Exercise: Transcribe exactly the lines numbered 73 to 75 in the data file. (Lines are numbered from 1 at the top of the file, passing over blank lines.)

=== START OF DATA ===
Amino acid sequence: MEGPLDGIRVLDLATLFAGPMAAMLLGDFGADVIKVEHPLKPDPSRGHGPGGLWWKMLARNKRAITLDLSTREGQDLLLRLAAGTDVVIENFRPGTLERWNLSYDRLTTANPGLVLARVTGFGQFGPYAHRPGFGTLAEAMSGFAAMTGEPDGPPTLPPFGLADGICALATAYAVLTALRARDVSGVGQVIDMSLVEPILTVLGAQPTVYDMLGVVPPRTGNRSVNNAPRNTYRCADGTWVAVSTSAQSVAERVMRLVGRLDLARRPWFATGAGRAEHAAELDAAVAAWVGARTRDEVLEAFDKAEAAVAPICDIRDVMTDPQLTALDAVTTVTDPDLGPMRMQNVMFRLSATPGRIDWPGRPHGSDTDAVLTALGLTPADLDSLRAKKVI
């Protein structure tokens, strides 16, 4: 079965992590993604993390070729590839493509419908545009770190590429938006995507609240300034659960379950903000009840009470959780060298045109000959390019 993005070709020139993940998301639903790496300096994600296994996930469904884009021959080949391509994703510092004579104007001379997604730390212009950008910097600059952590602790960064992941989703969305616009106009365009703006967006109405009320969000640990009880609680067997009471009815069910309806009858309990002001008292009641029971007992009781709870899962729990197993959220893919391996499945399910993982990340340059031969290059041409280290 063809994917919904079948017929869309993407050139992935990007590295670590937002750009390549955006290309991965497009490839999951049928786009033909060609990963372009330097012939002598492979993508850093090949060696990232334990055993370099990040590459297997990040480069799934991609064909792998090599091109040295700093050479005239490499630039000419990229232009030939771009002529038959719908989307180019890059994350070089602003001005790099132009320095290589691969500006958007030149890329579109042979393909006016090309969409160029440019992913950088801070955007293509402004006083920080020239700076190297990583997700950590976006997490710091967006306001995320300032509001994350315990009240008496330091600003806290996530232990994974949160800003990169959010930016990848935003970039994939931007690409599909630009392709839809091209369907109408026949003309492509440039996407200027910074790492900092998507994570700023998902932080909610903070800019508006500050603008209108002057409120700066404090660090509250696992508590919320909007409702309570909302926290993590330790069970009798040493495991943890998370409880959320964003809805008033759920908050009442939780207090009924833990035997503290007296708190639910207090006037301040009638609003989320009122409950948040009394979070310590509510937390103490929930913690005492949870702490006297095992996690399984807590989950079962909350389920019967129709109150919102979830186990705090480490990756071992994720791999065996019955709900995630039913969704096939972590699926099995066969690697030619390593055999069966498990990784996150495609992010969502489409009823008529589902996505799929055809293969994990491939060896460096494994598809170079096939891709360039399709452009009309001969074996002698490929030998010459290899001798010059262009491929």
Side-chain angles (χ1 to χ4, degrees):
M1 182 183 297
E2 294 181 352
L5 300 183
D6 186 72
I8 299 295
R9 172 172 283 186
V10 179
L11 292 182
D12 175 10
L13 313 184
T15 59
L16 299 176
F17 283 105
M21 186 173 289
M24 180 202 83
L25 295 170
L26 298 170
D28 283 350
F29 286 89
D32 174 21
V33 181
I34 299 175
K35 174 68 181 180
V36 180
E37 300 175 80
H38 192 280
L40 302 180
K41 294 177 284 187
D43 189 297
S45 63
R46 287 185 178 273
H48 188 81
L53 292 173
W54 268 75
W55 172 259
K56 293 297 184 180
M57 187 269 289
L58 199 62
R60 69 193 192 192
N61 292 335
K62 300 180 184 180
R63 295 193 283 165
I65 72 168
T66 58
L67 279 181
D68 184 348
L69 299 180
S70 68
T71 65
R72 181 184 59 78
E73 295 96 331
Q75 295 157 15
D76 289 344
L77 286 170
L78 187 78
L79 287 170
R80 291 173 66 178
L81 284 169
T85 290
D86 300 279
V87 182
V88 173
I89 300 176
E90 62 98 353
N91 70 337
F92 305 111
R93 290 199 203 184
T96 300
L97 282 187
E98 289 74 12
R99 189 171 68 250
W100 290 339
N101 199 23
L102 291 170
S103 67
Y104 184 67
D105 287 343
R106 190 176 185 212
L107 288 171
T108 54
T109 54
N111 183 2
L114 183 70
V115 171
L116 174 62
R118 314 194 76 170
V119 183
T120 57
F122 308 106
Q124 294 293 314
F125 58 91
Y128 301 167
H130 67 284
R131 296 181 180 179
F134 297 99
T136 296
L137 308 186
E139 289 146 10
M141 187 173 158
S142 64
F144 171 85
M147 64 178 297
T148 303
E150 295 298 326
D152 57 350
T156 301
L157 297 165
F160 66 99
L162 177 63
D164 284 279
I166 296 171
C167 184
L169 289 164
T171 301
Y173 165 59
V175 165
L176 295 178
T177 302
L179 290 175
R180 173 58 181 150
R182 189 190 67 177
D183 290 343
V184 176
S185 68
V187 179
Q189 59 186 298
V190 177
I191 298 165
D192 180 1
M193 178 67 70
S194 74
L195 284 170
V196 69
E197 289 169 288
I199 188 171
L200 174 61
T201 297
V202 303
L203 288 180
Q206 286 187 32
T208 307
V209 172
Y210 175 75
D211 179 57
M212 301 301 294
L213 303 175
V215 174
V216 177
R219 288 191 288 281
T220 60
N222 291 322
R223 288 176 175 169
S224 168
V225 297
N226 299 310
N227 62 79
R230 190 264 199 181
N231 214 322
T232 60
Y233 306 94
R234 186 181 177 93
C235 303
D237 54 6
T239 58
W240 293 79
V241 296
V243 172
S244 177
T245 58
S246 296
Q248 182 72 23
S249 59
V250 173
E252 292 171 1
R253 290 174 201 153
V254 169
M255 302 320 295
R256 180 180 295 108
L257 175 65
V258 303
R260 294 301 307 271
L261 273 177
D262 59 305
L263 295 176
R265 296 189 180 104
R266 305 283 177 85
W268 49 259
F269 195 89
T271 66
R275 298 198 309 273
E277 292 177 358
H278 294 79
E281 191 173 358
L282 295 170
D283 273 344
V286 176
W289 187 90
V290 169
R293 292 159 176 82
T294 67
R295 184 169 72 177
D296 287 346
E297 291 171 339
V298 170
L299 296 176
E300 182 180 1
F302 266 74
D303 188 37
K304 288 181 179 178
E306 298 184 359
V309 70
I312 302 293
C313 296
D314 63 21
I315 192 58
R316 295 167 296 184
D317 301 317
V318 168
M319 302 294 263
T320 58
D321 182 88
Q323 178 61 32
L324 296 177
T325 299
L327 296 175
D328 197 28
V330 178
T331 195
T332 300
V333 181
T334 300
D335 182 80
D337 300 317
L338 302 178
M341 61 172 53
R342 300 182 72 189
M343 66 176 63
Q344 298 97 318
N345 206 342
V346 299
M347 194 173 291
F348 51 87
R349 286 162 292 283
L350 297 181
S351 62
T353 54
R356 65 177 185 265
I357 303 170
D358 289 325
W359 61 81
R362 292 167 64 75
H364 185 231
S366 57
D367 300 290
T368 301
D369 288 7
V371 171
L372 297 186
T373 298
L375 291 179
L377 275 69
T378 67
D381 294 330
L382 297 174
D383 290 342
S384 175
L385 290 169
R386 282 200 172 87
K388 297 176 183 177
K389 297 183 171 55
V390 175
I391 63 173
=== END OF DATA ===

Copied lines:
E98 289 74 12
R99 189 171 68 250
W100 290 339